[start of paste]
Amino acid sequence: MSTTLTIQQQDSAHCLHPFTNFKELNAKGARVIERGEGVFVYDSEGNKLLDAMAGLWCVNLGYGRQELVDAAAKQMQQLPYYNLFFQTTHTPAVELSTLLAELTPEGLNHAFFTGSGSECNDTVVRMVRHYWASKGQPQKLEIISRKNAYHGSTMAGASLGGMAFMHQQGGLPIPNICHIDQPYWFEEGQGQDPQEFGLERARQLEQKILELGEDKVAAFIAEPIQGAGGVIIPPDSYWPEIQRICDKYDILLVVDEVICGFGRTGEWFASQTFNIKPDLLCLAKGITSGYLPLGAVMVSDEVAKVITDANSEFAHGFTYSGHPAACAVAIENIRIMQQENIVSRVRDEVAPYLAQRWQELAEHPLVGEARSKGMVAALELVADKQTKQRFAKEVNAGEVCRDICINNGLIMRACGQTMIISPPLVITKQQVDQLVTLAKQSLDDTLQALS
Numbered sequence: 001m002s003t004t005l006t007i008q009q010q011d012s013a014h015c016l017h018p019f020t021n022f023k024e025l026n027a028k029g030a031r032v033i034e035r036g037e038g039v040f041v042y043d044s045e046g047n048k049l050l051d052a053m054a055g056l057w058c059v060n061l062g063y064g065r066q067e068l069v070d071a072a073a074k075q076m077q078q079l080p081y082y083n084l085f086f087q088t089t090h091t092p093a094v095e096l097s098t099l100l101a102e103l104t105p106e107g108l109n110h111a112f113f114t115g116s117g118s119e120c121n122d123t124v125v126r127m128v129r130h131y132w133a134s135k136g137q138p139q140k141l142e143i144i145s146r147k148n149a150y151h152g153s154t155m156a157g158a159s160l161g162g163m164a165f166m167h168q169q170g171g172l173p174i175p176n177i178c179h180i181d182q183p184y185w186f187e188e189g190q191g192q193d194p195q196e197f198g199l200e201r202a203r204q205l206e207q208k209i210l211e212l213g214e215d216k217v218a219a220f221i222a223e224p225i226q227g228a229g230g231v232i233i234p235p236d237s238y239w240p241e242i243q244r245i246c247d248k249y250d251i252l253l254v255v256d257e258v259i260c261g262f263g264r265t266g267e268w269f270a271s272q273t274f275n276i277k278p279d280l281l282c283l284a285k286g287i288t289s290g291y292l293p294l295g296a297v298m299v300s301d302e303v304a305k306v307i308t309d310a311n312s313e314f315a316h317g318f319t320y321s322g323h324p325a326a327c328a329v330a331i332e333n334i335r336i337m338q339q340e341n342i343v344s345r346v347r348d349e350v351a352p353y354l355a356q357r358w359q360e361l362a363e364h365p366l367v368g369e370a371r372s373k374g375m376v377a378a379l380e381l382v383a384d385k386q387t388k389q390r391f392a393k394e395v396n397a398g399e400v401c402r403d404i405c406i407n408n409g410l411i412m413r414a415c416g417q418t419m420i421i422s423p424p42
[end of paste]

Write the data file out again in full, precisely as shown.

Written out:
Amino acid sequence: MSTTLTIQQQDSAHCLHPFTNFKELNAKGARVIERGEGVFVYDSEGNKLLDAMAGLWCVNLGYGRQELVDAAAKQMQQLPYYNLFFQTTHTPAVELSTLLAELTPEGLNHAFFTGSGSECNDTVVRMVRHYWASKGQPQKLEIISRKNAYHGSTMAGASLGGMAFMHQQGGLPIPNICHIDQPYWFEEGQGQDPQEFGLERARQLEQKILELGEDKVAAFIAEPIQGAGGVIIPPDSYWPEIQRICDKYDILLVVDEVICGFGRTGEWFASQTFNIKPDLLCLAKGITSGYLPLGAVMVSDEVAKVITDANSEFAHGFTYSGHPAACAVAIENIRIMQQENIVSRVRDEVAPYLAQRWQELAEHPLVGEARSKGMVAALELVADKQTKQRFAKEVNAGEVCRDICINNGLIMRACGQTMIISPPLVITKQQVDQLVTLAKQSLDDTLQALS
Numbered sequence: 001m002s003t004t005l006t007i008q009q010q011d012s013a014h015c016l017h018p019f020t021n022f023k024e025l026n027a028k029g030a031r032v033i034e035r036g037e038g039v040f041v042y043d044s045e046g047n048k049l050l051d052a053m054a055g056l057w058c059v060n061l062g063y064g065r066q067e068l069v070d071a072a073a074k075q076m077q078q079l080p081y082y083n084l085f086f087q088t089t090h091t092p093a094v095e096l097s098t099l100l101a102e103l104t105p106e107g108l109n110h111a112f113f114t115g116s117g118s119e120c121n122d123t124v125v126r127m128v129r130h131y132w133a134s135k136g137q138p139q140k141l142e143i144i145s146r147k148n149a150y151h152g153s154t155m156a157g158a159s160l161g162g163m164a165f166m167h168q169q170g171g172l173p174i175p176n177i178c179h180i181d182q183p184y185w186f187e188e189g190q191g192q193d194p195q196e197f198g199l200e201r202a203r204q205l206e207q208k209i210l211e212l213g214e215d216k217v218a219a220f221i222a223e224p225i226q227g228a229g230g231v232i233i234p235p236d237s238y239w240p241e242i243q244r245i246c247d248k249y250d251i252l253l254v255v256d257e258v259i260c261g262f263g264r265t266g267e268w269f270a271s272q273t274f275n276i277k278p279d280l281l282c283l284a285k286g287i288t289s290g291y292l293p294l295g296a297v298m299v300s301d302e303v304a305k306v307i308t309d310a311n312s313e314f315a316h317g318f319t320y321s322g323h324p325a326a327c328a329v330a331i332e333n334i335r336i337m338q339q340e341n342i343v344s345r346v347r348d349e350v351a352p353y354l355a356q357r358w359q360e361l362a363e364h365p366l367v368g369e370a371r372s373k374g375m376v377a378a379l380e381l382v383a384d385k386q387t388k389q390r391f392a393k394e395v396n397a398g399e400v401c402r403d404i405c406i407n408n409g410l411i412m413r414a415c416g417q418t419m420i421i422s423p424p42